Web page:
Jack Stevenson's new book about Scandinavian erotic cinema of the Sixties and Seventies, Scandinavian Blue, sounds like a must-read:

A reference in this post set me off on an odd research trail:

....the most controversial item discussed by Stevenson was actually never made: After his Henry Miller adaptation Quiet Days in Clichy (1970) turned him into a media star, Jens Jørgen Thorson announced his next project would be a pornographic film about Jesus. Chaos ensued.

My immediate thought was that such a film was made (if not by Thorson), because I remembered reading about it in the Medved Brothers' 1980 bad-films book The Golden Turkey Awards. But it turns out the matter is more complicated than that, because the Medveds state at the start of the book that one of the films they describe is "a complete hoax," and over the years a number of people have guessed that the film in question is the gay Jesus movie Him (purportedly 1974). In 2005, the FilmChat blog looked at the evidence (as the Snopes urban legends website had also, although I can't find anything there about this issue now), and noted that although no copy of the supposed film had shown up, at least one Internet poster claimed to remember seeing a contemporary ad for the film. A now-inactive blogger posted such an ad on his site:


A commenter on the FilmChat post pointed out that the actual hoax film in The Golden Turkey Awards was Dog of Norway (illustrated with a photo of the Medveds' own dog). Wikipedia agrees and further observes that reviews of Him have been unearthed in several publications, although an actual print of the film remains elusive:  

The fullest and most up-to-date information can be found here:

Glad to have cleared that up for all of you! For the record, although Him is not a Scandinavian film,a porno Jesus movie did get made over there right around the same time, Ib Fyrsting's I Saw Jesus Die:

I think I need to go clean myself off now...

Among notables born on this date are President James Monroe, humanitarian Oskar Schindler, mathematician Kurt Godel, novelists Harper Lee, Roberto Bolano (Chile), and Johan Borgen (Norway), crime novelist Ian Rankin, satirist Karl Kraus, painter Yves Klein, chef Alice Waters, conductor Paul Sacher, film director Kaneto Shindo, jazz singer Blossom Dearie, talk show host Jay Leno, and actors Lionel Barrymore, Madge Sinclair, Ann-Margret, and Penelope Cruz. Despite receiving a ton of nominations and awards over the years, Ann-Margret is insufficiently acknowledged as a fine actress; perhaps it is hard to budge your reputation after starring in movies like Kitten With a Whip and Viva Las Vegas. But she has done some excellent work, including a memorable Blanche DuBois in the 1984 television version of A Streetcar Named Desire (in which Beverly D'Angelo is also excellent as Stella). An IMDB reviewer ungallantly points out that Ann-Margret is not stage-trained, which is true enough, but her intuitions about this role and her identification with it are formidable. If you can hold your own with the memory of Vivien Leigh in one of her most famous parts, and put your own stamp on it, you are doing something.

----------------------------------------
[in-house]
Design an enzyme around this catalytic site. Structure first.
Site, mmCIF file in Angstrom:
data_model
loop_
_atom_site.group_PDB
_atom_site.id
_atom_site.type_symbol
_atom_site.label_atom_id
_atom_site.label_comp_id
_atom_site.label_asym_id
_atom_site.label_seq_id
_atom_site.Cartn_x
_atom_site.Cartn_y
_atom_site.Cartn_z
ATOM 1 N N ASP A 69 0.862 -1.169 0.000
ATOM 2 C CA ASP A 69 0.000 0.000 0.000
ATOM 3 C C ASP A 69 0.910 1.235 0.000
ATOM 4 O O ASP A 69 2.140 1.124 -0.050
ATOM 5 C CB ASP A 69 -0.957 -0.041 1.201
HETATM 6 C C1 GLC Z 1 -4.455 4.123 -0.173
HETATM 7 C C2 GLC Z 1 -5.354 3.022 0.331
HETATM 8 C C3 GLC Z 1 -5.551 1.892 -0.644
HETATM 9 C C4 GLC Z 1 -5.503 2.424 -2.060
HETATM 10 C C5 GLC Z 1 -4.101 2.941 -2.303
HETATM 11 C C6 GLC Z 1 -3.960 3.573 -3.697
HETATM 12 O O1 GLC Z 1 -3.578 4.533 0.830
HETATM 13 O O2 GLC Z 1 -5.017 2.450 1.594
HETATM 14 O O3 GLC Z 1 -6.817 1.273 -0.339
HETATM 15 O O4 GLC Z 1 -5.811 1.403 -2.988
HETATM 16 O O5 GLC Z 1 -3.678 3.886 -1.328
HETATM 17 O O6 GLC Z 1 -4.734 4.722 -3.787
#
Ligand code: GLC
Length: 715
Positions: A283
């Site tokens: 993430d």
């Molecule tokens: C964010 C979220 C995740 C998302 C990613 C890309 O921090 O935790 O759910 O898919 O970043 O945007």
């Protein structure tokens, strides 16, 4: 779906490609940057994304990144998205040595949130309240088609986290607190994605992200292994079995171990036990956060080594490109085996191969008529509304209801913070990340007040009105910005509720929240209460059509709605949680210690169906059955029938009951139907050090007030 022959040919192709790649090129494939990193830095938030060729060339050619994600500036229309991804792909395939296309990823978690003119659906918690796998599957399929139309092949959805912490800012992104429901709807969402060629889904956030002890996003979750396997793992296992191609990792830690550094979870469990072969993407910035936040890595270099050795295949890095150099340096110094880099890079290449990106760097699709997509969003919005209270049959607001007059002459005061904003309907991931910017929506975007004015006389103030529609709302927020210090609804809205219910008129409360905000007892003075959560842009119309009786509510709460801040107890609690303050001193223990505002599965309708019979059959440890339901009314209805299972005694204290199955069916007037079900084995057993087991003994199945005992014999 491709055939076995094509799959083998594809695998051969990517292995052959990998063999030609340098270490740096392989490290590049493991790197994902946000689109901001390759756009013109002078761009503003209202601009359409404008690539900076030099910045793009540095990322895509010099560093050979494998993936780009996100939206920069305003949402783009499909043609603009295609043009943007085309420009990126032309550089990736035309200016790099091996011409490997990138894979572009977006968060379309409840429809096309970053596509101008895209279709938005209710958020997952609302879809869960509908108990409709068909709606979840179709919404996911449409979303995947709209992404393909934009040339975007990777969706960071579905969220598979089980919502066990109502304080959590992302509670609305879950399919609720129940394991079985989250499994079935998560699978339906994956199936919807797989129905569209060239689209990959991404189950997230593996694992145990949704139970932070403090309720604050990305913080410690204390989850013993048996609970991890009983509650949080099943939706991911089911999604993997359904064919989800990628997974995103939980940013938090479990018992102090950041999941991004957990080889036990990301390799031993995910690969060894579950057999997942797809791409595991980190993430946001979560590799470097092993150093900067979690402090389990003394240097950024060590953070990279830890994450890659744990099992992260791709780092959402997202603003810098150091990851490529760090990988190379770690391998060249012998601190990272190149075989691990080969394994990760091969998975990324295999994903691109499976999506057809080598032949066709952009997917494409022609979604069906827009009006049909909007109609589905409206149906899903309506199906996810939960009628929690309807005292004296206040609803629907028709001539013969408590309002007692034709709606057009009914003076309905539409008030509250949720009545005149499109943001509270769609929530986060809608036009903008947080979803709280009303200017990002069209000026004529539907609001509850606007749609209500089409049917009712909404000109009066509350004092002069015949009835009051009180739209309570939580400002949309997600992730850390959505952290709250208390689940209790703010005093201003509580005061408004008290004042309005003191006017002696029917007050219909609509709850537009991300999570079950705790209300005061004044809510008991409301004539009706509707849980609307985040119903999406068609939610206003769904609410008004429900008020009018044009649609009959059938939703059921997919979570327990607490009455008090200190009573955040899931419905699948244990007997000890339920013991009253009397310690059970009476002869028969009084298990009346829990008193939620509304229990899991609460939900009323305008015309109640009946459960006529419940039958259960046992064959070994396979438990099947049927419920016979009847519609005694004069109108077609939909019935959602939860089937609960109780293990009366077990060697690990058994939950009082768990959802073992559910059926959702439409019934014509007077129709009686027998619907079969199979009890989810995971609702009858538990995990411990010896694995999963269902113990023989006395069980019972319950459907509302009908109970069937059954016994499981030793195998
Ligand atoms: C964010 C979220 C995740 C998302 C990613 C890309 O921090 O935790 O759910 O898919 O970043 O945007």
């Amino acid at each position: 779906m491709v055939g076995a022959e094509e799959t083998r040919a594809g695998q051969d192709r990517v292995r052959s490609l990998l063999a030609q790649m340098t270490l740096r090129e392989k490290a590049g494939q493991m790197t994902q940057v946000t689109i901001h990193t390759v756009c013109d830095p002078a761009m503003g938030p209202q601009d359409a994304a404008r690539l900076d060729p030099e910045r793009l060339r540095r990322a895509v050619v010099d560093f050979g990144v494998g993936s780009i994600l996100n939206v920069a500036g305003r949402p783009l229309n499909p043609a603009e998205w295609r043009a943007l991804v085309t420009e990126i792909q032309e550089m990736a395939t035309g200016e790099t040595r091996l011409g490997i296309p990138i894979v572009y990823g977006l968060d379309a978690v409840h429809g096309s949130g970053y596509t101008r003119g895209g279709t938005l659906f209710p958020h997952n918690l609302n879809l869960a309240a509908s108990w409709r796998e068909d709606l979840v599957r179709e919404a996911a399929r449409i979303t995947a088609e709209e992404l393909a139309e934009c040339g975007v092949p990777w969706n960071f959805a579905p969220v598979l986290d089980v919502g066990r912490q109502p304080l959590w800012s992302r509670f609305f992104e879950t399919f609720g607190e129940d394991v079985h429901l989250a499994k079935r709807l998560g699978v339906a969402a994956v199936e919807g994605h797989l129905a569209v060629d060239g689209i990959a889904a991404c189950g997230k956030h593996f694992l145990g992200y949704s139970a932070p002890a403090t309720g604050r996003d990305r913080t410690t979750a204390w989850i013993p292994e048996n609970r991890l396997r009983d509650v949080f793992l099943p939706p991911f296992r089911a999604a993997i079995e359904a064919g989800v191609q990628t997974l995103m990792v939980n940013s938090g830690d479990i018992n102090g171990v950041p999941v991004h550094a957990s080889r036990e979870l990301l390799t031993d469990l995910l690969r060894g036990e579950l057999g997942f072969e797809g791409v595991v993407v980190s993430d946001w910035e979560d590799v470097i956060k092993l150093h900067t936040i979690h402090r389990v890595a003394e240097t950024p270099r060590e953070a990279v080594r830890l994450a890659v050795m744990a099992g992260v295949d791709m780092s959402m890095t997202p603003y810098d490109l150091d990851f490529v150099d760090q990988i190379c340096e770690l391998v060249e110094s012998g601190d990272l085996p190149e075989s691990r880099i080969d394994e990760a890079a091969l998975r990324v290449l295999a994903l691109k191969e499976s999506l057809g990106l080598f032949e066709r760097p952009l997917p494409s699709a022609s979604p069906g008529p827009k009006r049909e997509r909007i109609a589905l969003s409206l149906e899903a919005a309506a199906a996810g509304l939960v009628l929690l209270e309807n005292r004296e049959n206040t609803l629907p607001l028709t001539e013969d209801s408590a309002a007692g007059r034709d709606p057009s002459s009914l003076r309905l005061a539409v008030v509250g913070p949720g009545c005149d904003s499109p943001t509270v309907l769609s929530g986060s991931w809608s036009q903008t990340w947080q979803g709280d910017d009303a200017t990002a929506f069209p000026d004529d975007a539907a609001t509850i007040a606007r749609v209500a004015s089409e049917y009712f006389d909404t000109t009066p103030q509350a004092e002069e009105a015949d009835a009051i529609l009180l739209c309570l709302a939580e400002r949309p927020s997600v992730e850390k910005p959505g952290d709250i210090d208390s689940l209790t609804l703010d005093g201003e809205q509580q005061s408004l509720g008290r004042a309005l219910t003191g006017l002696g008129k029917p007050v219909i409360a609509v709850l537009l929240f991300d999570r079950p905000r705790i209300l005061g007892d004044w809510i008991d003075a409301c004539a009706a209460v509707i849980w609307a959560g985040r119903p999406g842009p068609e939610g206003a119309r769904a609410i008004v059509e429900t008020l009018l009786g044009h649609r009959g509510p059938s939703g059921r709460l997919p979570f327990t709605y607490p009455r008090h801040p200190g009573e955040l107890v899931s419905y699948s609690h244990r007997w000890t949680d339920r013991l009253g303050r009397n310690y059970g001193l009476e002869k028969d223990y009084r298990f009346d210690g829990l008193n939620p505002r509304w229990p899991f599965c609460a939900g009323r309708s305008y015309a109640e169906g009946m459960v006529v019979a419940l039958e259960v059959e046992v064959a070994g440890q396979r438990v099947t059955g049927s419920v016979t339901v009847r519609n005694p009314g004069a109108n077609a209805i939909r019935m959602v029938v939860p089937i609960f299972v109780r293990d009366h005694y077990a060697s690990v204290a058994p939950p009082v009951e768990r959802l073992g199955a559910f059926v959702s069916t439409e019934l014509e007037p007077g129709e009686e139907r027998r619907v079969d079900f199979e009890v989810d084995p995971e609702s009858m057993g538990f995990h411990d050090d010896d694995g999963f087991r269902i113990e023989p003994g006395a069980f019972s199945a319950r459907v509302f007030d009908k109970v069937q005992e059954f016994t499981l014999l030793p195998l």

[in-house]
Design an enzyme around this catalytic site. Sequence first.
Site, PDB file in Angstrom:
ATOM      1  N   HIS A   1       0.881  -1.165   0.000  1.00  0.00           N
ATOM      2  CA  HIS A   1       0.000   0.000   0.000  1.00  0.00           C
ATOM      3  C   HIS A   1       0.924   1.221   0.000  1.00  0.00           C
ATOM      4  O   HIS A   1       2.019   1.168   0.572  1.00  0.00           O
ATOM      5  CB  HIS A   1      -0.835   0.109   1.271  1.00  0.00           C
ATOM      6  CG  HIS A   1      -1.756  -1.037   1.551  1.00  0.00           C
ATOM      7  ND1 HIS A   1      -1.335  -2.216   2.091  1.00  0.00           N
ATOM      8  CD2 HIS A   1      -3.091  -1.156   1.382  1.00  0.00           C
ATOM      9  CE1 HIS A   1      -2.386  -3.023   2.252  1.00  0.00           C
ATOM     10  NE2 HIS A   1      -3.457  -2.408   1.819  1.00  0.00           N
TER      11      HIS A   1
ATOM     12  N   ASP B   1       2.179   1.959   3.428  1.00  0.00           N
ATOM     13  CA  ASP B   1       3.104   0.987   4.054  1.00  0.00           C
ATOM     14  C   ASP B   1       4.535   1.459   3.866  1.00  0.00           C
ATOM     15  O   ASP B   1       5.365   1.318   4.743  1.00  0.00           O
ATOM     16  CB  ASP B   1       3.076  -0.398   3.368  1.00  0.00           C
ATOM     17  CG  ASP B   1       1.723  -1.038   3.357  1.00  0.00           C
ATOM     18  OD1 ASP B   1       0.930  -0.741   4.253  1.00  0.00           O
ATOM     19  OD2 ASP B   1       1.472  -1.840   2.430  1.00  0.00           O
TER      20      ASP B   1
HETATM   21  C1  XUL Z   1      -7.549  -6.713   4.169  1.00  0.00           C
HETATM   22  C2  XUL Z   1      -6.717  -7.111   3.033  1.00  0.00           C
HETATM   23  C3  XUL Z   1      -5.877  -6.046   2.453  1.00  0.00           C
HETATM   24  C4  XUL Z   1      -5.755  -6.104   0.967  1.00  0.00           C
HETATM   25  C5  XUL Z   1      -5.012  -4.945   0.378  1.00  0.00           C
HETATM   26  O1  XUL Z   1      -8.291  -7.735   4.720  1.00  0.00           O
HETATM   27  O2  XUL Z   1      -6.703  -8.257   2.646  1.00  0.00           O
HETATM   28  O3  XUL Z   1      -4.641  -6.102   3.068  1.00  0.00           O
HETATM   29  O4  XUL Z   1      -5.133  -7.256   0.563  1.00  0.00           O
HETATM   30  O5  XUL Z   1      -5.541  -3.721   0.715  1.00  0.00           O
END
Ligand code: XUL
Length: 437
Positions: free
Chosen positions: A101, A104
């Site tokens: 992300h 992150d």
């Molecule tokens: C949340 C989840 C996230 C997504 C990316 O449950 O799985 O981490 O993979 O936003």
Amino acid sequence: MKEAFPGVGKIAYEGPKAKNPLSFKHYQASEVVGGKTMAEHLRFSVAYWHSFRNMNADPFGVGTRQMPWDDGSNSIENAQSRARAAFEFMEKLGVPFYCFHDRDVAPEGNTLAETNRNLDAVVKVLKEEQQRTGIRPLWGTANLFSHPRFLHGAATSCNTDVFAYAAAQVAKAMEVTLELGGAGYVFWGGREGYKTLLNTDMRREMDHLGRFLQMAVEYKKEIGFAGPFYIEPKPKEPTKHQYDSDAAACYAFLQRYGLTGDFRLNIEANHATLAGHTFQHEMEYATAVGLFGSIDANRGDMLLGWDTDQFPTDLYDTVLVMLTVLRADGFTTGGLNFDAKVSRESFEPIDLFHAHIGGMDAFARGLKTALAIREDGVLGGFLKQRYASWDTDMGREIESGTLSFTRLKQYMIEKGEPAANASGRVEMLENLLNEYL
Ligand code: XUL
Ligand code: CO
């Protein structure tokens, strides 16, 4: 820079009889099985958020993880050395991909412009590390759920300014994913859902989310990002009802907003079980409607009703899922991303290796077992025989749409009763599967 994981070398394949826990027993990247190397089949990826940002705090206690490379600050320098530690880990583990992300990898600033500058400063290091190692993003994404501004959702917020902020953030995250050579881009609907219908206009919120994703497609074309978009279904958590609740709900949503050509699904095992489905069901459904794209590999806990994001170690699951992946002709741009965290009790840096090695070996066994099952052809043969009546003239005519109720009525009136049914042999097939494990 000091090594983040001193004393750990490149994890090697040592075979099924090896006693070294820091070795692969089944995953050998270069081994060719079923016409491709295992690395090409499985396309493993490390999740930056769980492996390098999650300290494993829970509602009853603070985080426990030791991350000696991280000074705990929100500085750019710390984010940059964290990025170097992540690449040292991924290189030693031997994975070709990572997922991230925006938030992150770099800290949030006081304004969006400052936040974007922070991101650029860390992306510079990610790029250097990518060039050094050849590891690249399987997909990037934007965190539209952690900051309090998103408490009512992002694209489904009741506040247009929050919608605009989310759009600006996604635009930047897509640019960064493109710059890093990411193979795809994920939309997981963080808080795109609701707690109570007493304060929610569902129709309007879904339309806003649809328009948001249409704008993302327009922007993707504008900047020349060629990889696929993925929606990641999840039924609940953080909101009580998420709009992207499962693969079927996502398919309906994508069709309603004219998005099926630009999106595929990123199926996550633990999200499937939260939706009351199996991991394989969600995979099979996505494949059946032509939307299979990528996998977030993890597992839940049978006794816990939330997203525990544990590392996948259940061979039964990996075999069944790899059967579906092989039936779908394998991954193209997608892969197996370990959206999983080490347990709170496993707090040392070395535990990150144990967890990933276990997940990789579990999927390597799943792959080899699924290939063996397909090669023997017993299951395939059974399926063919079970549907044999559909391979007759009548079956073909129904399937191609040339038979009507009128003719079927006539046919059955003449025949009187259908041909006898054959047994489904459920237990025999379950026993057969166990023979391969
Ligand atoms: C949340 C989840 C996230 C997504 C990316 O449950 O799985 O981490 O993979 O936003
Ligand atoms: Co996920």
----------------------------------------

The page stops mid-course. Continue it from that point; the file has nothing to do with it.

Tuesday, April 27, 2010

April 27

James Surowiecki, who has written elsewhere of the "wisdom of crowds, " doesn't think that the crowd -- or the nation -- will learn anything much from the current financial crisis:

I concur, and it's one reason why I've grown impatient enough with the country to leave it: The game never changes, and the same people always profit, the same people (you and me) always pay. I've never minded paying my taxes before, maybe because I was naive, but if those taxes are going to pay engorged salaries at Goldman Sachs and Citibank, I mind a good deal. So, by going overseas, I'm hoping to get into a new game, one that isn't so completely rigged against me. (That could be naive on my part, too, but what the heck.)

Yet another Cannes sidebar, The Cannes Classics, has had its line-up announced:

I would personally be most interested in the more obscure items, the films by Mrinal Sen, Pierre Schoendoerffer (whose sea drama Le Crabe-Tambour I love), Rene Clement, Pierre Etaix, Jacques Davila, and Marcel L'Herbier. The schedule is fairly heavy in French films, but this is a French festival after all.

RIP: Peter Porter. The Australian poet (1929-2010), who lived in Great Britain from 1951 on, sounds like an engaging chap as well as a major writer:

There are those (mainly the English) who don't like to hear about things they don't know, and Peter was wasted on them. It was not that he was a conversational monopolist: he was as generous a listener as he was a friend, but he supposed that an interest in poetry, painting, music, politics (and the passing show of vanity that he satirised so well) was the stuff of life. Not having been to university himself, he also believed that knowledge was available to anyone who cared to seek it out: "Much have I travelled in the realms of gold, / for which I thank the public libraries of Paddington and Westminster."

Just yesterday I wrote about Argentine writers in cafes; Porter would have been fun to sit down with in a coffee-shop or a bar. Another such is the Scottish writer Alan Warner (author of the novel Morvern Callar, made into a film by Lynne Ramsay), who joins The Herald's Brian Donaldson for a bit of chat in an Edinburgh pub: